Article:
- Practice my Welsh daily with friends or by reading/listening to Welsh resources and attending language classes
- Make time to record performances and watch them back (at least until they become less excruciating), and watch successful spoken word artists in action, noting what makes them great
- Pick a theme for poetry and write poems around that – other poems will naturally emerge like branches into other themes and subjects (my theme turned out to be medical in the end). Also take time to read poetry pamphlets on my lunch breaks
- Run four times a week and attend my running club, increasing the mileage by just a mile at a time every week or so
- Write a daily tongue-in-cheek diary to play about with making comedy from familiar situations and character, then follow any sparks of inspiration for stories
Suddenly there’s a good list of easy and actionable steps to pick and choose from. Whatever and however many I choose on one day will mean I’m another bit closer to reaching an end goal.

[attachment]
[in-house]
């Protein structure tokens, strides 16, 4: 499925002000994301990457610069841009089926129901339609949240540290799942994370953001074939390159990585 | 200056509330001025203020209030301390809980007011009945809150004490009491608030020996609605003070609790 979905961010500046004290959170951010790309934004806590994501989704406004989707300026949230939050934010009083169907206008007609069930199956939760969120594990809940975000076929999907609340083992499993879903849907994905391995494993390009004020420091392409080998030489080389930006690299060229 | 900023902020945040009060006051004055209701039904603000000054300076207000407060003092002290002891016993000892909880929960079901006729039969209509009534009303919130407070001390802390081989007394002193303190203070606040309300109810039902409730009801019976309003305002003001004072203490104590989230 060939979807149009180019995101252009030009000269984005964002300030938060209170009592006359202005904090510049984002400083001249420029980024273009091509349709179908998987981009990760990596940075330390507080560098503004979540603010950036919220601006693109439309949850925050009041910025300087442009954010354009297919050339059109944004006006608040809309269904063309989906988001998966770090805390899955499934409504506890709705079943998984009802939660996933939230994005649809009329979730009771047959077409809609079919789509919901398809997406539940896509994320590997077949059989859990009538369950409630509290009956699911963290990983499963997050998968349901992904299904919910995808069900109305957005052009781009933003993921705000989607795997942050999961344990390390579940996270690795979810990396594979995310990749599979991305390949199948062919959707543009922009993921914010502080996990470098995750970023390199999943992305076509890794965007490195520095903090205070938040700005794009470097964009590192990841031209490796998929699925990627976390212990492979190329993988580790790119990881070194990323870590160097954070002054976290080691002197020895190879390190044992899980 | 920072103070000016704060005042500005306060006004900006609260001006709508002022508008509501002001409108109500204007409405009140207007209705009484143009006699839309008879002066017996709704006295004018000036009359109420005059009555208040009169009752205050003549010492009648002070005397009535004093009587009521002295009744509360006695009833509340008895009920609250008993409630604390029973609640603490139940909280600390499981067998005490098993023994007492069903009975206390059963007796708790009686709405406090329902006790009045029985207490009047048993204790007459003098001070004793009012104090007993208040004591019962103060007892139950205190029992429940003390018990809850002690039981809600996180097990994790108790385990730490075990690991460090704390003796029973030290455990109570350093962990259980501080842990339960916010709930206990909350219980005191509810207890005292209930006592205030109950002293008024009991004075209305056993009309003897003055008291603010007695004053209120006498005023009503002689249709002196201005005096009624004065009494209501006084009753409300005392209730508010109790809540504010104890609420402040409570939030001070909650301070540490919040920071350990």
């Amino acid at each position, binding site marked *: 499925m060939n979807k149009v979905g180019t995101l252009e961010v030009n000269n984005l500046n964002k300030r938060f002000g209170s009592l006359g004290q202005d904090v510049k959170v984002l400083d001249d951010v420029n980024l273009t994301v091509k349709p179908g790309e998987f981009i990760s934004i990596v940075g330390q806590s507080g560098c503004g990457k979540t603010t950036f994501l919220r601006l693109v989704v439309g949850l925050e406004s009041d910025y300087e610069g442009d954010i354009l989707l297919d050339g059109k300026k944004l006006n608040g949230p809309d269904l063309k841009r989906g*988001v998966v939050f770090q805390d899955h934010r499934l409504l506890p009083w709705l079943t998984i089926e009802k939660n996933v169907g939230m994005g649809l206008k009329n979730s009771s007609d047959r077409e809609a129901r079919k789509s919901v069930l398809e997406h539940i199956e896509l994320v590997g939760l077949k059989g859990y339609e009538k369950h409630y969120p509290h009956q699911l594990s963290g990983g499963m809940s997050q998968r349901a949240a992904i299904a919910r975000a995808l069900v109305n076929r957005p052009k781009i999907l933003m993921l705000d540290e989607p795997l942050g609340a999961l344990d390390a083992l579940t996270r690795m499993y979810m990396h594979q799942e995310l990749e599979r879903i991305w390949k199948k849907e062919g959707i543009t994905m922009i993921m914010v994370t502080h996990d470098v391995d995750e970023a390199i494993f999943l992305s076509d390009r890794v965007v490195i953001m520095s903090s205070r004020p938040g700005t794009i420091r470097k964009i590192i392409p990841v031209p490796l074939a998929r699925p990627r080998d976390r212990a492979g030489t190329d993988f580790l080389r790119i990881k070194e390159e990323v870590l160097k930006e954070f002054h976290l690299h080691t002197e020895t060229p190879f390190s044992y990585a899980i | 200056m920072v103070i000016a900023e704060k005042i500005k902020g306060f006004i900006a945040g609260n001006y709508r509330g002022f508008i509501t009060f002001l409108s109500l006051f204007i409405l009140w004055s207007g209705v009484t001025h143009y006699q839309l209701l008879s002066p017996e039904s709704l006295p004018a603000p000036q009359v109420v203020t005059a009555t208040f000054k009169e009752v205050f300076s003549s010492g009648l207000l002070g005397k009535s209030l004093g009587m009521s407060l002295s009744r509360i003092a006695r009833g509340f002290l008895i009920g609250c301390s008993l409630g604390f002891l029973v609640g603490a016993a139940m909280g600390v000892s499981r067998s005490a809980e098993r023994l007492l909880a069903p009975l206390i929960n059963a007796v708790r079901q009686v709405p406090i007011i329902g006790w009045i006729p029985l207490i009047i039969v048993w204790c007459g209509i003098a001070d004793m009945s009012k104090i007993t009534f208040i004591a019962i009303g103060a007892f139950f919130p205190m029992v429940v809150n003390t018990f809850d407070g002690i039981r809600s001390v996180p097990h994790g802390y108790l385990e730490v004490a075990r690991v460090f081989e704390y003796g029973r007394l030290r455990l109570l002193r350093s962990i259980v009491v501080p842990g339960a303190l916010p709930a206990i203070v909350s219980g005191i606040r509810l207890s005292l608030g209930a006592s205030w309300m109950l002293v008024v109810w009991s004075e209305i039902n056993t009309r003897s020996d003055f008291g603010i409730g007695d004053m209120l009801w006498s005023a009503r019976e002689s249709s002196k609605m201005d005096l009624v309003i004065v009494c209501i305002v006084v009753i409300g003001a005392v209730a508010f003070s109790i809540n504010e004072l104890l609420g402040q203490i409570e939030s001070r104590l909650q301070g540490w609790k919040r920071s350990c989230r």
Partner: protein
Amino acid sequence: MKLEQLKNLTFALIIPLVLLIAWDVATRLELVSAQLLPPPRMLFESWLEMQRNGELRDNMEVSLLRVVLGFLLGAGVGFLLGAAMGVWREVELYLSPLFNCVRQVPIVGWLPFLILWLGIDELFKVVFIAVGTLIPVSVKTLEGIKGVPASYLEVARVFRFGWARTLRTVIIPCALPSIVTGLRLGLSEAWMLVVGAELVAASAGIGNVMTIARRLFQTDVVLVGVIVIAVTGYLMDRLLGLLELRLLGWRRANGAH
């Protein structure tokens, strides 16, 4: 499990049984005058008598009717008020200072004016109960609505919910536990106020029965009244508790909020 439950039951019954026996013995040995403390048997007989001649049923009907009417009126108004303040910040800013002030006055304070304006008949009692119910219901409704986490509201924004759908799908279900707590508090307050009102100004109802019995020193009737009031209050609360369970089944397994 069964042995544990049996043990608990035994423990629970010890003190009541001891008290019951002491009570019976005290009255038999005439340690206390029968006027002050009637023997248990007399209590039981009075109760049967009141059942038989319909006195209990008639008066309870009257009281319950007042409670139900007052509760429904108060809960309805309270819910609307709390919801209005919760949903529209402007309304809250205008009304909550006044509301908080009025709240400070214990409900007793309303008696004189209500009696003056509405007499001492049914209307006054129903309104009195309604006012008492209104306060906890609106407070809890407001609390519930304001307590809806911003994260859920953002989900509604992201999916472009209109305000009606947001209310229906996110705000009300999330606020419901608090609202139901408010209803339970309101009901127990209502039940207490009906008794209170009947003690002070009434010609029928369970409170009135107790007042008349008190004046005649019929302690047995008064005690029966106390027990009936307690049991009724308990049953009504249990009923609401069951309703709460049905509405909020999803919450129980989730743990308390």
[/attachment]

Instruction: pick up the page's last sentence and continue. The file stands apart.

Every time I complete one of these little steps, I’ve ticked something off that list.
That’s a lot of little achievements by the end of the year.
Little Steps Lead to Big Changes
The pleasantly surprising thing about this approach was that as well as making improvements to each of the areas I chose to focus on and moving closer to my most of my goals, positive achievements happened naturally that I hadn’t even planned on.
I’d gone from someone who got embarrassed about how gripped by anxiety I was during a a relapse when reading last February, to being shortlisted for the Cursed Murphy International Spoken Word Award in July, which was completely and utterly unexpected. I still have a long, long way to go but this was a solid marker of my progress simply by making time to get a little bit better each time.